DORTON ARENA/ RALEIGHYour (our) Carolina Rollergirls put on a great show this weekend, playing host to the Women’s Flat Track Derby Association’s Eastern Regional tournament at Dorton Arena in Raleigh. The home team, unfortunately, was upset in the opening round Friday night by Boston, which cost them any chance to advance to the nationals in November. They bounced back Saturday to drub the team from Virginia, and on Sunday grabbed 5th place (out of 10 teams) with a convincing win over the Providence, Rhode Island club.
“What happened Friday was a big surprise to us,” said Pink Slip, the skater a.k.a. Laura Slipsky, a Raleigh graphic designer. “After that, I think we all realized we had to pull together and do what we always do — do what we practice — and play our own game.”
Boston, meanwhile, proved to be the cinderella team of the tournament. The Derby Dames upset Charm City (Baltimore) to finish third, behind Philadelphia and New York — top three advance to the nationals, scheduled for November in Philly. (Correction: An earlier version of this, based on my misreading of the WFTDA website, said Boston was the regional champion. h/t: Hydra.)
This was your correspondent’s first time at an R’girls event — the first time, actually, that I’ve seen roller derby since the olden days on New York TV, where the tracks were banked, the villains dirty, the stars clean as snow white, and it was all, ah, predetermined. (Fixed.) But there’s nothing fake — other than the skaters’ names — about these new flat-track events. The women still skate hard, and they battle for position as before, but the officiating — at least in the two games I saw — is excellent, which means you win based on speed, strength, strategy and effort. In other words, it’s a helluva sport, fast and gritty, and it’s a lot of fun to watch. Regular-season games at Dorton draw an average of 1,400 fans, I’m told.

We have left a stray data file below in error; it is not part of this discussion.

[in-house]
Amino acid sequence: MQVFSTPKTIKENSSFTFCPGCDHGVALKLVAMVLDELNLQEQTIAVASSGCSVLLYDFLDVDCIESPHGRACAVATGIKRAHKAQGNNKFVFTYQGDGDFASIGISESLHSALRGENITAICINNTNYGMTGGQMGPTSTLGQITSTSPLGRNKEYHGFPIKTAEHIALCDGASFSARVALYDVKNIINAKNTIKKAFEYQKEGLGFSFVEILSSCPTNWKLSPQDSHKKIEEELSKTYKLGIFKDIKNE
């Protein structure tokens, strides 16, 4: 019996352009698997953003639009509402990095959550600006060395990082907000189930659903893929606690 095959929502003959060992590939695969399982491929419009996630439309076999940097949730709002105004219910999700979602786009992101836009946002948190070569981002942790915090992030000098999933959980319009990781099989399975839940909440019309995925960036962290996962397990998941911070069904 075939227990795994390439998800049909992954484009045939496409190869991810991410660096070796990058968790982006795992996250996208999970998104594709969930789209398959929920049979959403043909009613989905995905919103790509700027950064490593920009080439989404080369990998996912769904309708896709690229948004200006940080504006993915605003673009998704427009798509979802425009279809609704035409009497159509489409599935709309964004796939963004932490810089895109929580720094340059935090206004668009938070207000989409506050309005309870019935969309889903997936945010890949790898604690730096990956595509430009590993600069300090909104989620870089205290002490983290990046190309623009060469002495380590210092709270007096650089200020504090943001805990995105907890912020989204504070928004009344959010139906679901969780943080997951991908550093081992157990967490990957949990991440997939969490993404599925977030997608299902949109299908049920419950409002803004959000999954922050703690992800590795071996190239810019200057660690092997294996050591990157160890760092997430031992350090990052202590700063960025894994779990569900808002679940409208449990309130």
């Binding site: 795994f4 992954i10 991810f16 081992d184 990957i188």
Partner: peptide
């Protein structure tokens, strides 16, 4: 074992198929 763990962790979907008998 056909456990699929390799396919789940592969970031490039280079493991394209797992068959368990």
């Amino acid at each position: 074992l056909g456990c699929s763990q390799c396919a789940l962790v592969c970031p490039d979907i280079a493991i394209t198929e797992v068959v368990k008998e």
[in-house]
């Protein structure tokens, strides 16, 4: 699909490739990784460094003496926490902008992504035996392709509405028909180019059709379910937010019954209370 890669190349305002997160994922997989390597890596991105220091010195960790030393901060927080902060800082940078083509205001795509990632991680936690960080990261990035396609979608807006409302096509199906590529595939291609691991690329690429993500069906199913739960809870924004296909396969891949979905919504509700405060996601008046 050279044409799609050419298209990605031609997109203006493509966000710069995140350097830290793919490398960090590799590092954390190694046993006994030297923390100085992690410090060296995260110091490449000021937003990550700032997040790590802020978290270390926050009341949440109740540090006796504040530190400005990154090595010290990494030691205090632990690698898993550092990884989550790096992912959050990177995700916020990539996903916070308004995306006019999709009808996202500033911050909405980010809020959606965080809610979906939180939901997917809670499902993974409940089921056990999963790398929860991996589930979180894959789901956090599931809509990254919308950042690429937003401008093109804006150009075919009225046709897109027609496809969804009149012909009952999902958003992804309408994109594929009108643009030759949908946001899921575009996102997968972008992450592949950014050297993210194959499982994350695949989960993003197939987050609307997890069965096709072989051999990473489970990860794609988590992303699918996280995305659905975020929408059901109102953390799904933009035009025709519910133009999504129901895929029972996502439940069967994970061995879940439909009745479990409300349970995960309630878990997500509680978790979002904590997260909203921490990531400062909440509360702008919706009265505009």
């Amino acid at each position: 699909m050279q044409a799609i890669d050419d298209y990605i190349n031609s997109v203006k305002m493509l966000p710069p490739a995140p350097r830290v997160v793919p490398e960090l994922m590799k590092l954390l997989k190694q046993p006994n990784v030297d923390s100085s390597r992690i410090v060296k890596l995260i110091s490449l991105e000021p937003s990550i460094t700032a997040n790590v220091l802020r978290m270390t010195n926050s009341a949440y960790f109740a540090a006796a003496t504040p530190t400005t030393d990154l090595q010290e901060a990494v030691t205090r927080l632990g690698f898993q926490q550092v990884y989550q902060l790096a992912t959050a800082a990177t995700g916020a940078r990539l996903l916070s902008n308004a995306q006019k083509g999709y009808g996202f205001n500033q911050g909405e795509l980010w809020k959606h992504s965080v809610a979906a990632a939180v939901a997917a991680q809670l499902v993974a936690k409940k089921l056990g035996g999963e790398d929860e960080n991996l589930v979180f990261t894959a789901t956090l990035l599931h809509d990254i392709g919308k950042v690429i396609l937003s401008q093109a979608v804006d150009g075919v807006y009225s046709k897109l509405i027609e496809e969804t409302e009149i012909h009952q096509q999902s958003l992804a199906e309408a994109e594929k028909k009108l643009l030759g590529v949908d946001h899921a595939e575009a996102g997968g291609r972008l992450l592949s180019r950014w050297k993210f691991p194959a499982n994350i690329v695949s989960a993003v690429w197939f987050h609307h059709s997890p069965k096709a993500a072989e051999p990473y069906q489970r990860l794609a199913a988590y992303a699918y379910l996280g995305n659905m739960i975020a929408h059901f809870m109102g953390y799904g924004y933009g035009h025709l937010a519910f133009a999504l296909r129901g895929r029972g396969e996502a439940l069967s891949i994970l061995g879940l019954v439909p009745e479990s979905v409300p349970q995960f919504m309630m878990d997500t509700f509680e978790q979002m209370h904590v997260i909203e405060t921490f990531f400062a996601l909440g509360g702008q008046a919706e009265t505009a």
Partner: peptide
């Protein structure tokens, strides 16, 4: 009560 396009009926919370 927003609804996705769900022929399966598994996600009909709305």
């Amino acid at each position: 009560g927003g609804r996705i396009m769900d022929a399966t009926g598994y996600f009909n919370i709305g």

I missed the Rollergirls’ opening bout Friday against the Boston Derby Dames, a team our side defeated by two points last year to advance to the nationals. We’d beaten them again — by a single point — earlier this season. Thus, the Rollergirls were seeded 4th in the tournament, and Boston 5th, tracking their WFTDA rankings. (These are all league All-Start teams; the rankings are by league.) So it was a shocker when Boston manhandled our side, as it were, in a 112-40 blowout.
On Saturday, I arrived in time to see us do worse to the Dominion (VA) Derby Girls, one of the four unseeded (i.e., lowest–ranked) teams in the field. Our Rollergirls looked unstoppable in a 252-44 rout, although I was told by Roxy Rockett (in real life she’s Brandy Sheppard, a veteran skater who is eight months pregnant at present) that they still weren’t skating their best. Watching them on Sunday defeat the 6th seeded Providence Derby All-Stars 125 to 78, I think I saw her point: Providence brought some good skaters, but the Rollergirls’ defense was much better than the day before — more effort, perhaps, but mainly a better job of team blocking. Or so it seemed to me.
My grasp of the game remains pretty shaky, so I won’t attempt to explain it except to say that on each team, one skater (called the jammer) can score and the four others are her blockers, screening for her while simultaneously trying to impede the other side’s jammer, either directly — by staying in front of her — or by bumping her own blockers into her.
Bumping is allowed, but pushing off isn’t — push-offs and other violations (holding, tripping) result in players going to the penalty box for varying periods, leaving their side short-handed on the track.
The two jammers start each “jam” — think rounds, as in boxing — behind the other eight (the pack). Points are registered when a jammer breaks through the pack, laps the field and breaks through again, passing opposition skaters a second time — one point for each opponent passed.
The skaters perform in shifts — think hockey — going all-out for two or three minutes and then heading for the bench to rest. The jammers need speed and agility, the blockers agility and some size — think football. Teamwork and timing count for a lot.
Best if I stop there.
According to Pink Slip, this has been a rebuilding year for the Rollergirls, who lost several top players due to pregnancies, job changes, moves, etcetera. The team/league is in its sixth year — at the start, in February of 2004, it was one of the WFTDA’s five original organizations; today, the WFTDA lists 40 member leagues in four regions around the country.
The Rollergirls are always looking to add skaters, Pink Slip said, and holds tryouts periodically. Check the Web site for details. Attitude counts more than skill, at least initially. (There’s a “B” team, intra-league play, and there’s also “Fresh Meat,” she explained.) “Maybe they haven’t skated before, maybe they haven’t skated since they were 11. Nobody grows up playing roller derby, so everybody has to learn. And we’re here to teach them.”
On the other hand, they practice five days a week. These Rollergirls are good because they’re serious.